Publications in Scientific Journals:
"Sub-micrometer holotomography of multiphase metals";
ESRF Highlights (invited),
The microstructural characterization of multiphase materials by conventional 2D metallography can be insufficient if, for instance, connectivity between phases exists, or the orientation of constituents varies throughout the volume. For this, 3D characterisation tools are needed. Synchrotron microtomography has shown to be a powerful technique to reveal the architecture of materials. Furthermore, the coherence of the beam can be exploited applying quantitative phase contrast tomography or holotomography [ ] to image components with similar attenuation. The spatial resolution achievable by parallel beam synchrotron microtomography is about 1 Ám. This can be improved using magnifying optics [ ]. This has so far been achieved for samples with diameters < 100 Ám using relatively low energies. 3D imaging of engineering alloys requires high energies and representative sample sizes to correlate the properties with the microstructure achieved by the processing method.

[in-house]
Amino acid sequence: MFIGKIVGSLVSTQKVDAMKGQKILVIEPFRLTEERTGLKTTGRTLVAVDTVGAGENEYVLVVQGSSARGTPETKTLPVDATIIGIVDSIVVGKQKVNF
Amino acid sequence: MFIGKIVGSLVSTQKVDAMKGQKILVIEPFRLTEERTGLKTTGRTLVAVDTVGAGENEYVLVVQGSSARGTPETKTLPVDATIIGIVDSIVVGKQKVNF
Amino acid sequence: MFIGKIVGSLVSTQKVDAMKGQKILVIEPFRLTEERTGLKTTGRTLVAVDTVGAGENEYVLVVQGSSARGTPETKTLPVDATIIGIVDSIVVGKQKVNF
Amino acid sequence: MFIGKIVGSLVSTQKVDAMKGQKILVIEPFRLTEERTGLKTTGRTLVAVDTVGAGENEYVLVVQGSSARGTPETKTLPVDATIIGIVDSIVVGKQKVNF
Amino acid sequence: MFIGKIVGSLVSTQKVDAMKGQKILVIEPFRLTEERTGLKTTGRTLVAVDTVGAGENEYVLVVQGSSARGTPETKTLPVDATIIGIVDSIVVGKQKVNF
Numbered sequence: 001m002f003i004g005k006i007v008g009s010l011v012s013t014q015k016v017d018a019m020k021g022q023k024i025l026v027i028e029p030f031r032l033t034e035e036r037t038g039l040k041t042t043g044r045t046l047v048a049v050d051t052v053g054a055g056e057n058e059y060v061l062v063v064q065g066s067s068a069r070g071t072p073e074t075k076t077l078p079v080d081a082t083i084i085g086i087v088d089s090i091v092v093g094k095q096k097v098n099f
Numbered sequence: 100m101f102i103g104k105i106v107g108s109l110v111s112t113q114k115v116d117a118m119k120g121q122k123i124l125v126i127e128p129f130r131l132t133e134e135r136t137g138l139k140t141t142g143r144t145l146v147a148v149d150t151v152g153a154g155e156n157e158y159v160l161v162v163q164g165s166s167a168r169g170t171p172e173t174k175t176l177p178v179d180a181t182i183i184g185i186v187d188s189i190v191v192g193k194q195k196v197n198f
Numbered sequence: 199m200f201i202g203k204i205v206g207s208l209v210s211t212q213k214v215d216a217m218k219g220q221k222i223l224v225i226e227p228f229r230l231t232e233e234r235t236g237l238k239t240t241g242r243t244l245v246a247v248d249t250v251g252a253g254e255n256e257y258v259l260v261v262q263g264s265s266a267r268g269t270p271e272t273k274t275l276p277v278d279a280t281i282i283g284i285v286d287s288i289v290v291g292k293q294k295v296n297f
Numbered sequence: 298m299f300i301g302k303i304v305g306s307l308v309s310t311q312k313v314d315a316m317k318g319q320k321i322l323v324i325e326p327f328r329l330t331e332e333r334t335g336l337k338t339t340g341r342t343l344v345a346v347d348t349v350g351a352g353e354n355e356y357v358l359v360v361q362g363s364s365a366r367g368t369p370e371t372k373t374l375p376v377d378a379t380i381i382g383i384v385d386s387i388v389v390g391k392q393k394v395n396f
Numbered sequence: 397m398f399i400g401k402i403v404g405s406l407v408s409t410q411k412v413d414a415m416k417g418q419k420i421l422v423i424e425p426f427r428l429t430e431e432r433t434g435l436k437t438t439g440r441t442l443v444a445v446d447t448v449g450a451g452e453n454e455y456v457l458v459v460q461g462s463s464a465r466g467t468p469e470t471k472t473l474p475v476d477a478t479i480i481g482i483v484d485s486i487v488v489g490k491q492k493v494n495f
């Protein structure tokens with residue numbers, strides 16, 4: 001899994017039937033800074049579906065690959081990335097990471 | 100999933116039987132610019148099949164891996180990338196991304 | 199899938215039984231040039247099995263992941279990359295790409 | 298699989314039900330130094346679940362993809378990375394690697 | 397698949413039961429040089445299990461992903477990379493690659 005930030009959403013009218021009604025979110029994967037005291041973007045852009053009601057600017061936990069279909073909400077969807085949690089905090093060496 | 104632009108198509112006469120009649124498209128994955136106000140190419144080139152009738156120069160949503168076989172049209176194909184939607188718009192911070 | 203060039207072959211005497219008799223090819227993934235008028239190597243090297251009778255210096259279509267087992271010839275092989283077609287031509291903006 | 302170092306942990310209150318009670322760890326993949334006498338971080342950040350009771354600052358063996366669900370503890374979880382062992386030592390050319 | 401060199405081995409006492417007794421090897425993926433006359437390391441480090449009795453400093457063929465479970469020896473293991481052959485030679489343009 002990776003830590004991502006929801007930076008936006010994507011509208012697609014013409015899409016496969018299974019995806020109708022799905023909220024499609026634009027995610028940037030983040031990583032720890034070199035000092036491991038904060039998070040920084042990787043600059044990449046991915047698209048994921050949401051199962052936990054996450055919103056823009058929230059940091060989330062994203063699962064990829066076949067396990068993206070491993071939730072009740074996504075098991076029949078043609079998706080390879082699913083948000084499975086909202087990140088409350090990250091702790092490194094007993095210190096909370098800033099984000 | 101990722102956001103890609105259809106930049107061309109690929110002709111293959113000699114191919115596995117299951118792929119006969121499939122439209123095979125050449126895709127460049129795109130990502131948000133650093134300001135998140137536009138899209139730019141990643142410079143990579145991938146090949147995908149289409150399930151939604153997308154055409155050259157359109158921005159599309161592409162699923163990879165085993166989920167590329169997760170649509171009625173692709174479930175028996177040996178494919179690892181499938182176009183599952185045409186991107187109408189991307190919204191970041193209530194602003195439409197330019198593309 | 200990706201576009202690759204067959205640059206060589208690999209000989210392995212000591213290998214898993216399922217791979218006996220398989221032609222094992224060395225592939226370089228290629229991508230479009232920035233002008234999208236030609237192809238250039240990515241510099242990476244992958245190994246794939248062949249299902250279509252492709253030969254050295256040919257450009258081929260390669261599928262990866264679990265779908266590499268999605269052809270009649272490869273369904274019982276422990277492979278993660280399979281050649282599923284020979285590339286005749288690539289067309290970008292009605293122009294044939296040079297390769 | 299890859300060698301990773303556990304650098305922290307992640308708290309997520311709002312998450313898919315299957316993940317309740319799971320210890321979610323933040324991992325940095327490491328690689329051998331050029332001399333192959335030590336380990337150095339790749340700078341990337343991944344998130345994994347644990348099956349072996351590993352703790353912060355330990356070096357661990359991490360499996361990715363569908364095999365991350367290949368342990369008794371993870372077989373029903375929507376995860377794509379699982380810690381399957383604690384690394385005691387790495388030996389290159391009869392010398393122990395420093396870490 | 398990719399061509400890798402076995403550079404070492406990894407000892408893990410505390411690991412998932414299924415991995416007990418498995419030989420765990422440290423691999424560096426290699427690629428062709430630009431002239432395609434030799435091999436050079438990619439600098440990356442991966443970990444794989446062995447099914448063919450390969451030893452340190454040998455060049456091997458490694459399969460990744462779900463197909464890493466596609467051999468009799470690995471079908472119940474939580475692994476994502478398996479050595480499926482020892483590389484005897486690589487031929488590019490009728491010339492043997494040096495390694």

Magnified synchrotron holotomography using a Kirkpatrick-Baez (KB) optics system [ ] was carried out at the nano-imaging end-station ID22NI for Al- and Ti-alloy samples of 0.4mm diameter. The focal point with a size of 80 nm (H) by 130 nm (V) and medium monochromaticity (E/E = 2x10-2) is produced by a set of multilayer coated crossed bent mirrors. Energies of 17.5 keV and 29 keV as well as effective pixel sizes of 60 nm and 51 nm were used for the Al-alloy and Ti-alloys, respectively. Phase retrieval for holotomography was achieved from recordings at four focal-point-to-sample distances.
synchrotron tomography, kirkpatrick baez optics, holotomography
Created from the Publication Database of the Vienna University of Technology.